Shared transport

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Shared transport is a term for describing a demand-driven vehicle-sharing arrangement, in which travelers share a vehicle either simultaneously (e.g. ride-sharing) or over time (e.g. carsharing or bike sharing), and in the process share the cost of the journey, thereby creating a hybrid between private vehicle use and mass or public transport.

Shared transport systems include carsharing (also called car clubs in the UK), bicycle sharing (also known as PBS or Public Bicycle Systems), carpools and vanpools (aka ride-sharing or lift-sharing), real-time ridesharing, slugging, casual carpooling, community buses and vans, demand responsive transit (DRT), paratransit, a range of taxi projects and even hitchhiking and its numerous variants.[1][2]

Shared transport is taking on increasing importance as a key strategy for reducing greenhouse gas and other emissions from the transport sector in the face of the global climate emergency by finding ways of getting more intensive use of vehicles on the road.[citation needed]

A somewhat different form of shared transport is the "shared taxi", a vehicle which follows a predetermined route and takes anybody waiting for it, more like a bus than a taxi.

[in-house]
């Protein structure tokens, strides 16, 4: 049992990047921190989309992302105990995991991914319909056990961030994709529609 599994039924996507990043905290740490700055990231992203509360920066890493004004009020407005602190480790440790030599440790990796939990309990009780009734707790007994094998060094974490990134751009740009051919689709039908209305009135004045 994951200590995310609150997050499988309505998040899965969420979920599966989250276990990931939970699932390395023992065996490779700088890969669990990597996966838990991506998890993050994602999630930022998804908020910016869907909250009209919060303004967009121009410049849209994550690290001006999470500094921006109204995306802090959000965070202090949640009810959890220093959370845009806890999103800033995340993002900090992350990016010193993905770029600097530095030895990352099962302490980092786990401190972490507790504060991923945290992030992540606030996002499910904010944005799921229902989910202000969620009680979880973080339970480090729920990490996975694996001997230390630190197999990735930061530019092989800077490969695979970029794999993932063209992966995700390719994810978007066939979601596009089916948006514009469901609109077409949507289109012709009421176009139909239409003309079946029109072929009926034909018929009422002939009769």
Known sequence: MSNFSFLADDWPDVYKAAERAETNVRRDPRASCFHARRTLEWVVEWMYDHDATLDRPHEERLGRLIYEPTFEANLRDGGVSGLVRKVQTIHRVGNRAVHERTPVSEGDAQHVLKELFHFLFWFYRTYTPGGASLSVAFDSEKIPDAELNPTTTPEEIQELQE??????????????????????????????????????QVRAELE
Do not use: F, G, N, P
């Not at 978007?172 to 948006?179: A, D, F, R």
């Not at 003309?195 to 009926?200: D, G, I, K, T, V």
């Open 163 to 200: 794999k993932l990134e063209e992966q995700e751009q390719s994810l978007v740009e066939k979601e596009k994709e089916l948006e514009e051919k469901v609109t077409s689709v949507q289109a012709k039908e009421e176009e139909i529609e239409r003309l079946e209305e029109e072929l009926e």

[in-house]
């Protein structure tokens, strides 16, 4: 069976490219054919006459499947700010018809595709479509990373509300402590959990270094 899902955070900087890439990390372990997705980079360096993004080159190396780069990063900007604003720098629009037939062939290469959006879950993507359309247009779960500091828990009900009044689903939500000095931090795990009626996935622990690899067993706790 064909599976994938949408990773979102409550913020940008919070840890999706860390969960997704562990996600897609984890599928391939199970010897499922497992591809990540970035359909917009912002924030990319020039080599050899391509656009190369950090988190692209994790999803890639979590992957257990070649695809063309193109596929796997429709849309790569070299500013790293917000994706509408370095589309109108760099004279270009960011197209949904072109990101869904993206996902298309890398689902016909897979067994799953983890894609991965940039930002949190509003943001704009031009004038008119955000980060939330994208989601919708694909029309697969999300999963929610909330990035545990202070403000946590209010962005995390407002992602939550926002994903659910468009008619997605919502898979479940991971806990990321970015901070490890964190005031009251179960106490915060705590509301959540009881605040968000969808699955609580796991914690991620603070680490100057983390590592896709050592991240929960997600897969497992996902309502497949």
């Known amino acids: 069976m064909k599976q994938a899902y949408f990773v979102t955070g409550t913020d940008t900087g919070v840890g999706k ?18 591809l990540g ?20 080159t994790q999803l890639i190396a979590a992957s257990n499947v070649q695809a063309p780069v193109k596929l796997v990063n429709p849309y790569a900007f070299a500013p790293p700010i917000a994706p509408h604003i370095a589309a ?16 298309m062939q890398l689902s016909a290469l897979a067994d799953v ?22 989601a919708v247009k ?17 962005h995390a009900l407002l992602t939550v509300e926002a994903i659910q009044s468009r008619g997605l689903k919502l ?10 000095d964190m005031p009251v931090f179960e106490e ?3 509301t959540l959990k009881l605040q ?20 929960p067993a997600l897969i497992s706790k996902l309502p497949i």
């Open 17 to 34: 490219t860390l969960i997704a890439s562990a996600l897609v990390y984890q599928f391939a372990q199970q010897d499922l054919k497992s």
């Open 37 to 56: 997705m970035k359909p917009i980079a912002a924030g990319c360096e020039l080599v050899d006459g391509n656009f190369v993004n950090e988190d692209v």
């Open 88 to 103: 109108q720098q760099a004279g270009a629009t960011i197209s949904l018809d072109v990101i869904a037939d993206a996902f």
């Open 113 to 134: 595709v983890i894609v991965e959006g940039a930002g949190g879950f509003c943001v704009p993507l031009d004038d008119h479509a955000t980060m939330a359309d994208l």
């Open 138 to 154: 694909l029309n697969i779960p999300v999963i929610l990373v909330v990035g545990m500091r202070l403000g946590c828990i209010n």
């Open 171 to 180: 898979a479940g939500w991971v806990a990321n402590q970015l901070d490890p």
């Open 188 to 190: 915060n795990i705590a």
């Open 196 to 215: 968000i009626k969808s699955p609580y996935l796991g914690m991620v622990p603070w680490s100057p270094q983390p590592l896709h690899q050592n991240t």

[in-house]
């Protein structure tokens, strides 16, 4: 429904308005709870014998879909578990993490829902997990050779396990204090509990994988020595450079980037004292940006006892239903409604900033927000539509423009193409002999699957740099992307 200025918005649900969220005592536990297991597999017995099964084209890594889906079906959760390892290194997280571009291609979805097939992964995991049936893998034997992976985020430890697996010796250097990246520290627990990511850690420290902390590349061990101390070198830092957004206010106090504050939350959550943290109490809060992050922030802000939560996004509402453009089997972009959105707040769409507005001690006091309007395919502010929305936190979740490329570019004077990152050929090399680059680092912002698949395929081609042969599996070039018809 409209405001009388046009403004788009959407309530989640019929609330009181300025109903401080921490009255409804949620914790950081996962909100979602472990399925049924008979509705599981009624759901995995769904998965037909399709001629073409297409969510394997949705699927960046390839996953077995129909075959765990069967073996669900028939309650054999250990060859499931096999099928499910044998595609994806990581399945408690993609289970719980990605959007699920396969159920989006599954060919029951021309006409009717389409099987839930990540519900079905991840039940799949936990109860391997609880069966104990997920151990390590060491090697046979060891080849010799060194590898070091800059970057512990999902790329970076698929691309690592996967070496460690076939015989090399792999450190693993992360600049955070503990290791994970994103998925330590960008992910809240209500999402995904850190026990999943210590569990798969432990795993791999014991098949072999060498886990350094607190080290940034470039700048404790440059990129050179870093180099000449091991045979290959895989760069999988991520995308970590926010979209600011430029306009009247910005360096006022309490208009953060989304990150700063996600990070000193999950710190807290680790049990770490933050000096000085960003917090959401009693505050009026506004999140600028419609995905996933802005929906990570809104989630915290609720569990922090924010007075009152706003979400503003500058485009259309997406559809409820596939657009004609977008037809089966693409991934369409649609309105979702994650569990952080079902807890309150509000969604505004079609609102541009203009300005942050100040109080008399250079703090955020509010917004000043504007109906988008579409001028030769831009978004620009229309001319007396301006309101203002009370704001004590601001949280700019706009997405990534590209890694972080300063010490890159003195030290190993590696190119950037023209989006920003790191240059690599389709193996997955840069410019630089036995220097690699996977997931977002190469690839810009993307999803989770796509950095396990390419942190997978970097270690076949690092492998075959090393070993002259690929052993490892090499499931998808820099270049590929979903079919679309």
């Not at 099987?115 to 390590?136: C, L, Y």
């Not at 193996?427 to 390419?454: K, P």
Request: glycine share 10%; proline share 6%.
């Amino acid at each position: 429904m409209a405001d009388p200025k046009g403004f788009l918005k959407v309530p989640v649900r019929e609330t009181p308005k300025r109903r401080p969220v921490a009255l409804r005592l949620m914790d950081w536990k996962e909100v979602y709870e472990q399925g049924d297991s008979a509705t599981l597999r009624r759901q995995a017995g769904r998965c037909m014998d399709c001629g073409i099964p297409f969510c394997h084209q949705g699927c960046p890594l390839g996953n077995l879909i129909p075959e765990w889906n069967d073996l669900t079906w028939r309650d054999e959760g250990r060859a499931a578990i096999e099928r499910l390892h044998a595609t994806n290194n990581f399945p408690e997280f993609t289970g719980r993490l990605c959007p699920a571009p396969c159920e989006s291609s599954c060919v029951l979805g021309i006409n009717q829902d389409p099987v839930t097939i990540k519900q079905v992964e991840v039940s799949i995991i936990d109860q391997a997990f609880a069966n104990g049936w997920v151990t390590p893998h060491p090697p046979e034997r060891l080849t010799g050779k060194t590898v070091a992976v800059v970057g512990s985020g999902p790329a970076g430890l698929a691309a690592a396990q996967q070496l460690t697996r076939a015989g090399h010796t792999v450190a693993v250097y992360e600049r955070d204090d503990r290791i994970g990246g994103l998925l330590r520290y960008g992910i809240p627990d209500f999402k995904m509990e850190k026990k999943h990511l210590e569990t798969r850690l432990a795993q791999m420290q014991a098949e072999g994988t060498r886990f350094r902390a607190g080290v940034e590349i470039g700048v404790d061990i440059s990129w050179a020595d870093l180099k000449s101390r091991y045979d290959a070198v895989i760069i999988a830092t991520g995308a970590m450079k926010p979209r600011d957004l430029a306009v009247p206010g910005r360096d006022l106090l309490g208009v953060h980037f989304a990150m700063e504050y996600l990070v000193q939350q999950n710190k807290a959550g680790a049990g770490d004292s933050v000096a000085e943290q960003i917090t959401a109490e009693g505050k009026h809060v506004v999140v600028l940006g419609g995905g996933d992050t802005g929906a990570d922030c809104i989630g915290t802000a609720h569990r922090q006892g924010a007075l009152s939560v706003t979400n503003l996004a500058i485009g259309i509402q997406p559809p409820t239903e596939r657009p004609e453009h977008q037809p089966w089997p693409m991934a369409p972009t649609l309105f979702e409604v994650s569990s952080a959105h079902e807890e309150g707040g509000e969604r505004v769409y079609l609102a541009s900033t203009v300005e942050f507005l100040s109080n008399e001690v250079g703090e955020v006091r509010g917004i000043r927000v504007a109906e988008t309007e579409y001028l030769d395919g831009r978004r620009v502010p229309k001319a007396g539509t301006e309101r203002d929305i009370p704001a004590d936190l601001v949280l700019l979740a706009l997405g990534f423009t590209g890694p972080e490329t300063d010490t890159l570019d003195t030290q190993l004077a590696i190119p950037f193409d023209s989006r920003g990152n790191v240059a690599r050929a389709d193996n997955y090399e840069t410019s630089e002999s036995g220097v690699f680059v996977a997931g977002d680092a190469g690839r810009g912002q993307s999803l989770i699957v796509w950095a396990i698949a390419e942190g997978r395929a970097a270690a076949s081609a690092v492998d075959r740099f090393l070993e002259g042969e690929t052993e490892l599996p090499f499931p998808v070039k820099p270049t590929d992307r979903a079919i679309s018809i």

Shared transport modes[edit]

Auto rickshaws[edit]

Auto rickshaw in Guayaquil, Ecuador

Auto rickshaws carry people and goods in many developing countries. Also known as a three-wheeler, Samosa, tempo, tuk-tuk, trishaw, auto, rickshaw, autorick, bajaj, rick, tricycle, mototaxi, baby taxi or lapa in popular parlance, they are motorized version of the traditional pulled rickshaw or cycle rickshaw. They are an essential form of urban transport, both as vehicles for hire and for private use, in many developing countries, and a form of novelty transport in many Eastern countries.

Notes and references[edit]

  1. ^ Eisenberg, Anne (2008-12-21). "New York Times article". The New York Times. Retrieved 2009-05-21.
  2. ^ " article". 2008. Archived from the original on 2010-06-13. Retrieved 2009-06-24. Cite uses deprecated parameter |dead-url= (help)

External links[edit]